Some years ago we wrote about the link between stress and poor oral health. It’s fair to say that 2020 has been one of the most stressful in living memory for most of us, so we decided to look at the topic again in light of this years events.
UK statistics show that a staggering 79% of UK employed adults are experiencing work related stress, which is 20% higher that 2019’s figures. This is hardly surprising as many people are working from home, which has its own set of challenges, particularly if a partner is too. The stress of this situation is often increased further if young children are also in the home. For many others the stress is related to the security of their employment in these challenging times. Frontline staff have an increased risk of contracting Covid, so in short stress levels are higher than at any given point in recent history.
This article aims to outline how stress can affect oral health.
What causes stress?
In a recent survey, the most common causes of stress were found to be money, work (and job security), Covid related health concerns and failure to get enough sleep. When you get stressed, your adrenal glands produce a hormone called cortisol, which helps your body’s fight-or-flight instinct in a crisis. In addition to this, cortisol regulates how carbohydrates, fats and proteins are absorbed, keeps inflammation down, regulates blood pressure and increases your blood sugar. If your body keeps producing cortisol due to extended periods of stress, the hormone can shut down bodily processes such as the digestive, reproductive and immune systems, so it’s really important for your health to try and reduce your levels of stress.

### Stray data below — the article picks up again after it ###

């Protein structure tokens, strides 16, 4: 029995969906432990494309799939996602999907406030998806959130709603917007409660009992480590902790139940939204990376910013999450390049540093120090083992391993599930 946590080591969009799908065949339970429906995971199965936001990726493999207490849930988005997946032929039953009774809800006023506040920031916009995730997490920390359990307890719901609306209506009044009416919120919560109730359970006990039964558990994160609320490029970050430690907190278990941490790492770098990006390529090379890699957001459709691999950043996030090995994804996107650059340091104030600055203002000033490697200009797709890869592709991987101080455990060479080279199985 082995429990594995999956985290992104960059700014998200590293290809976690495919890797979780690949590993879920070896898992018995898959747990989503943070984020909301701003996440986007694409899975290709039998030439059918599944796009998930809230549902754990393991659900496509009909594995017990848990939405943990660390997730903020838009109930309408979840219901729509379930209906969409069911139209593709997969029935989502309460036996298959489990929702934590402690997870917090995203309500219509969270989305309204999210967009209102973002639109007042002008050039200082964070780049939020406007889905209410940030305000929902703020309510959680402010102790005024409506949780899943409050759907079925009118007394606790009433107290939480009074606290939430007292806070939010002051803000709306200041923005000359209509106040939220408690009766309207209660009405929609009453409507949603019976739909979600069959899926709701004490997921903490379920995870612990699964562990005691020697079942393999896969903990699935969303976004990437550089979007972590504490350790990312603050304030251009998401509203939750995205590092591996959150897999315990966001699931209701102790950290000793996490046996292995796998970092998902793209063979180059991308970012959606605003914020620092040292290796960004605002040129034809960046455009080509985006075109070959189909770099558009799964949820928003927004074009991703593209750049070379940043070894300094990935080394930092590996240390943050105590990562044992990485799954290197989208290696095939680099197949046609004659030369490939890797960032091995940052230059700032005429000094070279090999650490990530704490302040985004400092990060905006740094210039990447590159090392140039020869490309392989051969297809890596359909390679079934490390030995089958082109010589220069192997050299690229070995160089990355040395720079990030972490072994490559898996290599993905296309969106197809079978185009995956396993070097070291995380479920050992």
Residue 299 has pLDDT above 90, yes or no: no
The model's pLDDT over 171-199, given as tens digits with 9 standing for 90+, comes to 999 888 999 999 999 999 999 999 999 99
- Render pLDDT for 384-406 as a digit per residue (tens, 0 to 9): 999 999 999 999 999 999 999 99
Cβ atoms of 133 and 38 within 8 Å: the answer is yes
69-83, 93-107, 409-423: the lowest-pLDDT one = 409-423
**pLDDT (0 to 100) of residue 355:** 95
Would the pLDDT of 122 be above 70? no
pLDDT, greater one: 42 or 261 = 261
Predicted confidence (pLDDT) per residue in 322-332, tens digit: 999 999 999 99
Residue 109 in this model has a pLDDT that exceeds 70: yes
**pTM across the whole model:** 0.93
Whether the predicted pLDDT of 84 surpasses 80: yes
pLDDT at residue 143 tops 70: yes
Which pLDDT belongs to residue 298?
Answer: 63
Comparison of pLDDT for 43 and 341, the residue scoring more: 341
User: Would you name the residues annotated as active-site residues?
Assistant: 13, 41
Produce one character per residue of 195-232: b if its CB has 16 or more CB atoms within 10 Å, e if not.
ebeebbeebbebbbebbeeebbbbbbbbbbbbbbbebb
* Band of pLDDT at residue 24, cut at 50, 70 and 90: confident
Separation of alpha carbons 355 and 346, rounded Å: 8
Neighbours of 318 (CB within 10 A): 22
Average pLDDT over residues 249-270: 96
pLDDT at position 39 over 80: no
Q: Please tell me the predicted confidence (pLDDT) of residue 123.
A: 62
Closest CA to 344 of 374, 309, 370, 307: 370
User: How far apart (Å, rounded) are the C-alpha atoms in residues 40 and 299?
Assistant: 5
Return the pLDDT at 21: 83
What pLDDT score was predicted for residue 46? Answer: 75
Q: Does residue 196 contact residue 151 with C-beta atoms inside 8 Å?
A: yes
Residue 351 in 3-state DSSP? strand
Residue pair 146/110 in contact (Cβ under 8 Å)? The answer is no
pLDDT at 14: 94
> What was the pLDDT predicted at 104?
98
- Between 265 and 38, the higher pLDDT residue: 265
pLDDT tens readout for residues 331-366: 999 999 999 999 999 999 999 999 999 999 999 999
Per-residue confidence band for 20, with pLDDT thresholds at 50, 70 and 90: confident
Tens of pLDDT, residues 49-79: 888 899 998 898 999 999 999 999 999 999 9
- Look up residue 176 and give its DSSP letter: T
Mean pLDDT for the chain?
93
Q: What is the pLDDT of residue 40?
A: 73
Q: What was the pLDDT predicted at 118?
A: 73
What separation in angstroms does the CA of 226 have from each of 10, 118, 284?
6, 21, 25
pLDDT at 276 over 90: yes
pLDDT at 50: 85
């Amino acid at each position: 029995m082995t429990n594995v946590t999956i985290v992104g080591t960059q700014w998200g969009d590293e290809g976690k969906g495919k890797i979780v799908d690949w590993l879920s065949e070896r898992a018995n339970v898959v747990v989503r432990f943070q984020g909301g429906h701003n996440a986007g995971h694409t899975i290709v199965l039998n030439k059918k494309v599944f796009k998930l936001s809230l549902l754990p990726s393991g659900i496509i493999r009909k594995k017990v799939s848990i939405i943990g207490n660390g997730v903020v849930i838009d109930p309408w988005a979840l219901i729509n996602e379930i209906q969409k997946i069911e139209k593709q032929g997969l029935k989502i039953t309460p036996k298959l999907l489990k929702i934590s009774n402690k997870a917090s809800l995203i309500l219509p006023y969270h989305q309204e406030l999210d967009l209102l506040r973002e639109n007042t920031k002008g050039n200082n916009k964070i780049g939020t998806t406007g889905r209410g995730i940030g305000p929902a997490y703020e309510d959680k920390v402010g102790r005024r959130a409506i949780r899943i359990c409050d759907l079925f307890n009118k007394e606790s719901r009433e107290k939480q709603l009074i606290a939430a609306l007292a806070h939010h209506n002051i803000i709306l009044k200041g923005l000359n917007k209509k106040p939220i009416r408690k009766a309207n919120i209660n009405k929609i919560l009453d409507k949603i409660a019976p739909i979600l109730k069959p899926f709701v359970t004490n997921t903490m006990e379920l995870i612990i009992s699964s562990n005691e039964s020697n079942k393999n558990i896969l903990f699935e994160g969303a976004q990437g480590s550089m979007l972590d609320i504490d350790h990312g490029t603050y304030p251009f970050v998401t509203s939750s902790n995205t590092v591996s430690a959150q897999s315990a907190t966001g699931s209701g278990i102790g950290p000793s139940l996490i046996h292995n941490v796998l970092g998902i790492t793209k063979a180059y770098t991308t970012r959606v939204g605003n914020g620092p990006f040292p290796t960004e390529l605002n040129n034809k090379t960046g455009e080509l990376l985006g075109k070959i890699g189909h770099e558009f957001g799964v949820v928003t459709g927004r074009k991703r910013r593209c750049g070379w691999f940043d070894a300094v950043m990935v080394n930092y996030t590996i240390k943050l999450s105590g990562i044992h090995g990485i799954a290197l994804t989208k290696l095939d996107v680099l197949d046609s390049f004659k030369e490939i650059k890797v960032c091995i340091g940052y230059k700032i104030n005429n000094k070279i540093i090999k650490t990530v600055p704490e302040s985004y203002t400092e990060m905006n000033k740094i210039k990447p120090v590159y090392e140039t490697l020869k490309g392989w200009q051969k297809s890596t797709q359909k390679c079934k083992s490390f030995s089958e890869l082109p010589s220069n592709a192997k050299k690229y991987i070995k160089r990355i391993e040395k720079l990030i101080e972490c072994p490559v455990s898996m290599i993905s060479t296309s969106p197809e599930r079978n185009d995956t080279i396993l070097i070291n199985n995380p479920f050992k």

How can stress affect oral health?
The most common oral symptom of high stress levels is teeth clenching, or bruxism. This commonly occurs during the night, so it’s difficult to know if you’re actually being affected by this or not! A short-term side effect of bruxism is headaches, and if the issue is left untreated your teeth can be permanently damaged, so if you’re feeling stressed it’s important to visit your dentist to check if this is affecting you. Although bruxism is the most common stress-related complaint, it is far from the only one- stress can also cause:
- Gum disease– Stress can lower your immune system and increase your risk for infection in the mouth.
- Dry mouth– Dry mouth is both a side effect of stress as well as the medicines used to treat stress and depression. The mouth’s first line of defence against bacteria is saliva, and without it there is an increased risk of tooth decay, gum disease and infection.
- Canker sores- Canker sores (white spots found on the soft tissue of the mouth) are harmless but can be painful.
- Tooth Decay- A neglected oral health routine and unhealthy lifestyle choices resulting from stress- as well as conditions such as dry mouth- increase your risk of tooth decay.
If you are clenching or grinding we may recommend the use of a night guard which you put in whilst you sleep and which will help to minimise the effects of the grinding. Underlying stress or anxiety may be treated with cognitive behavioural therapy.
If you are concerned that you have stress related bruxism, visit us at London Holistic Dental Centre or call 020 7487 5221 to book a dental health check which will include an inspection of your mouth and jaw.